Woman Humiliates Her Husband's Daughter from First Marriage, Gets Taught a Lesson — Story of the Day
A woman resents her stepdaughter from her husband's first marriage, but through a strange twist of fate, she got what she truly deserves.
John sat there on the grass with his friends, talking and laughing over the mundanities of life. It was one of those church events—but rather than religion, of faith and redemption, the conversations always revolved around life’s little mundanities, something everyone eventually grew accustomed to. But for John, it was a bit different, for he has yet to be accustomed to some of the recent changes in his life.
Rachel sat on a bench by the group. And no, she wasn’t part of them—not for the time being anyway. Summer’s finally here, and she simply decided that it would be a nice day to finally head for the park for a quiet evening. She could smell the musty grass in the air, the fragrance of summer, as her mother used to tell her.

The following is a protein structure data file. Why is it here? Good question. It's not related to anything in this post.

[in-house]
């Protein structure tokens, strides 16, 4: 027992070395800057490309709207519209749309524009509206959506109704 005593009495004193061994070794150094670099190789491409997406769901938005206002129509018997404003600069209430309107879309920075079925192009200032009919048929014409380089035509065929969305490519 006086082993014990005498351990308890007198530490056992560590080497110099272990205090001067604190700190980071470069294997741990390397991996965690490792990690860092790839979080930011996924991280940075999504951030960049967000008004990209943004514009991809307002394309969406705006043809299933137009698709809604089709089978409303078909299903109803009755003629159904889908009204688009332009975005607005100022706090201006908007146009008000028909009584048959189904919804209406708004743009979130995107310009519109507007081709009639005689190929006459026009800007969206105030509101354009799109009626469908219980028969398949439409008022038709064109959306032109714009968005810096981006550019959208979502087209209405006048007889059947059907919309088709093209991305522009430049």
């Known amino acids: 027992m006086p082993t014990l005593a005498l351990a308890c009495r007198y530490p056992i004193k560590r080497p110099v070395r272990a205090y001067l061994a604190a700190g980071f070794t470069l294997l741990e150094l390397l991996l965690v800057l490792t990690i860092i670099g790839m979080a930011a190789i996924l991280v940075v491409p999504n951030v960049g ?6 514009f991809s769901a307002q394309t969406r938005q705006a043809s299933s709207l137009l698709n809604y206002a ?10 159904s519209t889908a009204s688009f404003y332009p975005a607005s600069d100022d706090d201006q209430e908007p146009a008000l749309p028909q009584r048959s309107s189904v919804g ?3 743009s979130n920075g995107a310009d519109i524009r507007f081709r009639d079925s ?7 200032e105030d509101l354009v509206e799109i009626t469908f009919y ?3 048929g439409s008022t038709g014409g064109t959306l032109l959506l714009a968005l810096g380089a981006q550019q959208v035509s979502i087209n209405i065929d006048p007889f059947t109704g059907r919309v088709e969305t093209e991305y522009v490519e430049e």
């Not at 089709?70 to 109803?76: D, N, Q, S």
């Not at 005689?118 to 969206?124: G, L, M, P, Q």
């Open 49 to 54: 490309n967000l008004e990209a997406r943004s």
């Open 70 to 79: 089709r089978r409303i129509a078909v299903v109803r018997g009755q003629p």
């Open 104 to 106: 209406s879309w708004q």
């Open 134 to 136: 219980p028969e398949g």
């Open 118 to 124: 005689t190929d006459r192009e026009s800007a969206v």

John was in a cheery company. But every time someone started laughing in the group, John only gave out a tender smile followed by a soft sigh. No one really took notice of that, except Rachel. She could notice the strange dynamics within the group, but she couldn’t tell why as of yet.
“How’s Sally? Still misses her mother?” one of his friends seemed to have finally taken notice of John’s weary smile.
“She’s doing great. She is even going to be the lead actress in the upcoming school musical,” John replied. “Just like her mother when she was young. She would’ve been proud.”
“She does have the same eyes. Not to mention her talents,” another friend chimed in, but it was met with a fierce stare from another friend, signaling him to be quiet.
“She certainly does …” John replied timidly, as he turned his eyes towards the looming treelines, but he stopped once they met that of Rachel’s. Both gave out a timid smile. “Ain’t that a lovely smile,” both thought to themselves. “Excuse me for a bit,” John said to his friends and started walking towards Rachel.